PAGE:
In many places, good use was being made of Christian dramas and carol services. Even coffee shops are making a strong revival! Guitars and fishing nets are back - but with style and professionalism instead of the '70s grunge. And, of course, real espresso machines. Lambertville is a New Age town on the Delaware River, the border of Pennsylvania and New Jersey. The local churches have hired a shop and open 2-3 nights a week, featuring Christian musicians and art exhibitions. It was very impressive and encouraging to see senior pastors learning to be bariste and having fun serving in this role.   
   Innovative Forms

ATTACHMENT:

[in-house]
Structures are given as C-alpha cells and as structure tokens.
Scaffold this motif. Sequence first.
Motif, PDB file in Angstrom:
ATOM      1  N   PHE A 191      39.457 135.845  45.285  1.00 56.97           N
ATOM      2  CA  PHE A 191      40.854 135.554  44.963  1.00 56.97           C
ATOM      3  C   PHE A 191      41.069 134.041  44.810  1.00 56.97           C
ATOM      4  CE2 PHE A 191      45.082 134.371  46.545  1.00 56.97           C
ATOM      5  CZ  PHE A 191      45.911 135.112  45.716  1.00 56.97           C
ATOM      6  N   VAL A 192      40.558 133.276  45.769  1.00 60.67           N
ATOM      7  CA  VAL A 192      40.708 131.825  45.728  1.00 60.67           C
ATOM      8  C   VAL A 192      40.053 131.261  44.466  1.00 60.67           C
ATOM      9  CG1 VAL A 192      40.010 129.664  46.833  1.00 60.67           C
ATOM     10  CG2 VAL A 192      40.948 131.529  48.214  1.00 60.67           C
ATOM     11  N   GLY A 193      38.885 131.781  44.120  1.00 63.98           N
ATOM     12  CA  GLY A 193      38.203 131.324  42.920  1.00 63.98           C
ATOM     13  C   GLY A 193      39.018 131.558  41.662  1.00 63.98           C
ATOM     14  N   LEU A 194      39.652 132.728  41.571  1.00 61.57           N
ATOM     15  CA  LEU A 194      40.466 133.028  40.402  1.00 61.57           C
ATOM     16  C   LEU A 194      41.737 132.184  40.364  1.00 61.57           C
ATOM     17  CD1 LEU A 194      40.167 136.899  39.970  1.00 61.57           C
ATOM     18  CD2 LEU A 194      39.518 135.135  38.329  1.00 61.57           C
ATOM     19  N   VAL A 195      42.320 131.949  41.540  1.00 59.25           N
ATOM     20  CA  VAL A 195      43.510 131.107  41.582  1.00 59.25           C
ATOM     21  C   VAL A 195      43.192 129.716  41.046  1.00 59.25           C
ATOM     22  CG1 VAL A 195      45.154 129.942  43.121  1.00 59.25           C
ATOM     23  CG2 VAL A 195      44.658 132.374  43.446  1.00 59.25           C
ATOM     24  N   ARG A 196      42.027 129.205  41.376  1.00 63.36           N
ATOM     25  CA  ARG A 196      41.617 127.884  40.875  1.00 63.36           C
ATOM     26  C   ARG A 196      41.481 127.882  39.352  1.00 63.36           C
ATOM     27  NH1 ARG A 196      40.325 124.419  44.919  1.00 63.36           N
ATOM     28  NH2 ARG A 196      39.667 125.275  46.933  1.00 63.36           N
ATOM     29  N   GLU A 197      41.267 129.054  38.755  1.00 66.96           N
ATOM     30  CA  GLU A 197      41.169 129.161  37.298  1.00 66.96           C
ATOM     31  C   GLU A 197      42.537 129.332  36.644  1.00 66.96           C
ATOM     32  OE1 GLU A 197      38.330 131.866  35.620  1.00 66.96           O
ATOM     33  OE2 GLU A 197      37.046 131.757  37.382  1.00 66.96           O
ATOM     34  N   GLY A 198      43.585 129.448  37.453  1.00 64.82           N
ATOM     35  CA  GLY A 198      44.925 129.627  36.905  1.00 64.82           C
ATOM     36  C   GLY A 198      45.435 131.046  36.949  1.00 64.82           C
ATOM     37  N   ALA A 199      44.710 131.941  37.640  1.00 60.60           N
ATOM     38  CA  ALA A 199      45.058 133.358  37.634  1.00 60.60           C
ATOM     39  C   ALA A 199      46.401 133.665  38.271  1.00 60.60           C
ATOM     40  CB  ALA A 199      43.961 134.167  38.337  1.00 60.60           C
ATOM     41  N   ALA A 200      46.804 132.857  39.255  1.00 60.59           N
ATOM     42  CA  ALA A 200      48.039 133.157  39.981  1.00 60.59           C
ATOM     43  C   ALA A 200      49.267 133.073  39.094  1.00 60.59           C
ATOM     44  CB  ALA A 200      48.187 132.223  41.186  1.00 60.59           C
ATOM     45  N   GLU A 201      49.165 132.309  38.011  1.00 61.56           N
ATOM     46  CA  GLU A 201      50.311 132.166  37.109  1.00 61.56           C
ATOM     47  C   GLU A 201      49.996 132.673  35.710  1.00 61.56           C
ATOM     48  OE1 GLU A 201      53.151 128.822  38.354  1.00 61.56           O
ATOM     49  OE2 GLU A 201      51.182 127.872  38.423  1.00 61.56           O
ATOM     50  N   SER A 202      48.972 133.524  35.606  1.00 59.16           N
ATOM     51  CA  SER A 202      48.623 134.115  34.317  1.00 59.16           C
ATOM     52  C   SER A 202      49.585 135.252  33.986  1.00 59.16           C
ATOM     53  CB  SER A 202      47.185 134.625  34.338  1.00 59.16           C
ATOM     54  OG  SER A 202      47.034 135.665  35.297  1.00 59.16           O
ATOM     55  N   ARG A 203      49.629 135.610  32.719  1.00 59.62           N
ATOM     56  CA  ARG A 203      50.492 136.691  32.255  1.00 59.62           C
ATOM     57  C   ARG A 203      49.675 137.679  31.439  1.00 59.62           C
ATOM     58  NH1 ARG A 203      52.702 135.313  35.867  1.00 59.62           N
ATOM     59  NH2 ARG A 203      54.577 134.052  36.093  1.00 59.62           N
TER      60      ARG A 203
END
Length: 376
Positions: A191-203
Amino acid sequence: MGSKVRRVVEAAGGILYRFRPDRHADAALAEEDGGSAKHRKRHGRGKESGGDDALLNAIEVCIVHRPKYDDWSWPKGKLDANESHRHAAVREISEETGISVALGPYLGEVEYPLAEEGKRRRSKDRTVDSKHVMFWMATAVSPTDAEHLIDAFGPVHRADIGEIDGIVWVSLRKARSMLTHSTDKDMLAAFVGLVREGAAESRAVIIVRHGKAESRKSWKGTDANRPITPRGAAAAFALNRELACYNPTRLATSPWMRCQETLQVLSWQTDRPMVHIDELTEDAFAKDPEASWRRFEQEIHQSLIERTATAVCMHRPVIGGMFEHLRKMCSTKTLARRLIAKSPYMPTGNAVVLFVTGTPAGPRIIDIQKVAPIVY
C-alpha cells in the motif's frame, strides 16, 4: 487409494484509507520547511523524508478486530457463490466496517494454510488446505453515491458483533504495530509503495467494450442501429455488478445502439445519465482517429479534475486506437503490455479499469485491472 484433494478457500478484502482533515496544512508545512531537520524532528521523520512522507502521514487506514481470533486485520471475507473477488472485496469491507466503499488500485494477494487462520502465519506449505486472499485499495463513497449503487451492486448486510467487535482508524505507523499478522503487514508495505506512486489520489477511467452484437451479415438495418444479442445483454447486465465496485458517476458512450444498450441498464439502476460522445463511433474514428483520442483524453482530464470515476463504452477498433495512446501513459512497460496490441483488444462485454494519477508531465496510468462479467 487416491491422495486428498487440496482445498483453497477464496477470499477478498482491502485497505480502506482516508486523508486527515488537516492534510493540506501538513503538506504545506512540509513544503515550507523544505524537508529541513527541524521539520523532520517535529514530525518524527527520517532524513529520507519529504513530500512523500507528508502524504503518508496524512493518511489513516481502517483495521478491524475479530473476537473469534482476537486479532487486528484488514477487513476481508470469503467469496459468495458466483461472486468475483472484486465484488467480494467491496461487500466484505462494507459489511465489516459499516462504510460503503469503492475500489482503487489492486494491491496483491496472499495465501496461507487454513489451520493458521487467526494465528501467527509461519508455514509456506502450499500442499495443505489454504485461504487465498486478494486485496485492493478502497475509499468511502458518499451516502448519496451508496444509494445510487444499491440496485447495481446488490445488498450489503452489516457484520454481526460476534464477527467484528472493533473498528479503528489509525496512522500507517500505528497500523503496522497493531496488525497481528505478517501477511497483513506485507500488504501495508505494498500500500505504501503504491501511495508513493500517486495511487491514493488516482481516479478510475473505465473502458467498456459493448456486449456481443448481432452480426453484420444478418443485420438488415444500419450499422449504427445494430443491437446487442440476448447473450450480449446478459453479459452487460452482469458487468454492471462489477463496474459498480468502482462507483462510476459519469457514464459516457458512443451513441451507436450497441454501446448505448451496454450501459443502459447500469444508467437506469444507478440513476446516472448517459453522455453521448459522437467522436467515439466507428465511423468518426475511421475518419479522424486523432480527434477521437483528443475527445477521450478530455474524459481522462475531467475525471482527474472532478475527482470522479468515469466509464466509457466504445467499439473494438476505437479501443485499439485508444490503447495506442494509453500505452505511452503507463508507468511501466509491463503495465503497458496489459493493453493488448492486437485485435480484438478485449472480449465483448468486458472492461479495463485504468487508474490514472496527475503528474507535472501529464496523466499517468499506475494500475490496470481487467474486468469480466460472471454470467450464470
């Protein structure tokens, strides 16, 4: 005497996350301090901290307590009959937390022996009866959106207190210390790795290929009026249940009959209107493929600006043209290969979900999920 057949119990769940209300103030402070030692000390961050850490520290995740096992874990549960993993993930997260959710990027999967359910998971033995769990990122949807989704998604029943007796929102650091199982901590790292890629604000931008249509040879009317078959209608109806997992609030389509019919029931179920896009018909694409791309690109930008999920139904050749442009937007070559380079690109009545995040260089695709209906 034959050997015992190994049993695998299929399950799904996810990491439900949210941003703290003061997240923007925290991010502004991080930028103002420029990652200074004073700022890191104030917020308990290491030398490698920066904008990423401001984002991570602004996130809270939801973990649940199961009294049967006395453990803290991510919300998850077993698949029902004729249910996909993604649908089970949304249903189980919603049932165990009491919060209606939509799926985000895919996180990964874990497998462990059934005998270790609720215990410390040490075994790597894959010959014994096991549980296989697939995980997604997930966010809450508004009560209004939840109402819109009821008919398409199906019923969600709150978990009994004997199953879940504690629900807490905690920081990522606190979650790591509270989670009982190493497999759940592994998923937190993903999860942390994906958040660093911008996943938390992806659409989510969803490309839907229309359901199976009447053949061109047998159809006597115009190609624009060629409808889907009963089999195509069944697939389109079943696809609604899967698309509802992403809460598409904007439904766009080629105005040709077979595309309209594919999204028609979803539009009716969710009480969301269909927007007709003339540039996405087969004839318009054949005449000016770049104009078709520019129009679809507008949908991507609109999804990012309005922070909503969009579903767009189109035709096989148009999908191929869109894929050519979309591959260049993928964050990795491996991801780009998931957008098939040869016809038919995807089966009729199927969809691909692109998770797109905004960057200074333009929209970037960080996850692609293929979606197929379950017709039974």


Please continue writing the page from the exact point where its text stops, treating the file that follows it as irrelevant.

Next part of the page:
In addition to being pleasantly surprised by the continuing effectiveness of more established models done well, with a contemporary freshness, it was exciting to see emerging innovative forms. Most of these focussed around the use of creative gifts, especially, though not necessarily, music. At Redeemer in New York City, for instance, "a single topic of common interest (sex, religion, gender issues, death, race etc) [is] explored through artistic expression, lecture and an open-mic question and answer session." The program has an evangelistic edge and the art form may be jazz, drama, folk, rock, poetry etc. Thus the issue of love and sex was addressed in conversation with familiar operatic pieces on these themes sung by congregational members. A rented church was packed to standing capacity (over 800) twice, in back to back sessions. The music was good, but so was the gospel. Or, the Princeton Seminary Choir presented a Fall Concert: "`All Nature Sings!': Music and Readings in Praise of the Creator." This free program, widely advertised in the local community, consisted of songs, poems, Bible readings and prayers from a broad spectrum of cultures and traditions, followed by supper. Again, it was exciting to see Christians using their gifts in song and speech to declare the good news in an enjoyable, positive and culturally appropriate form.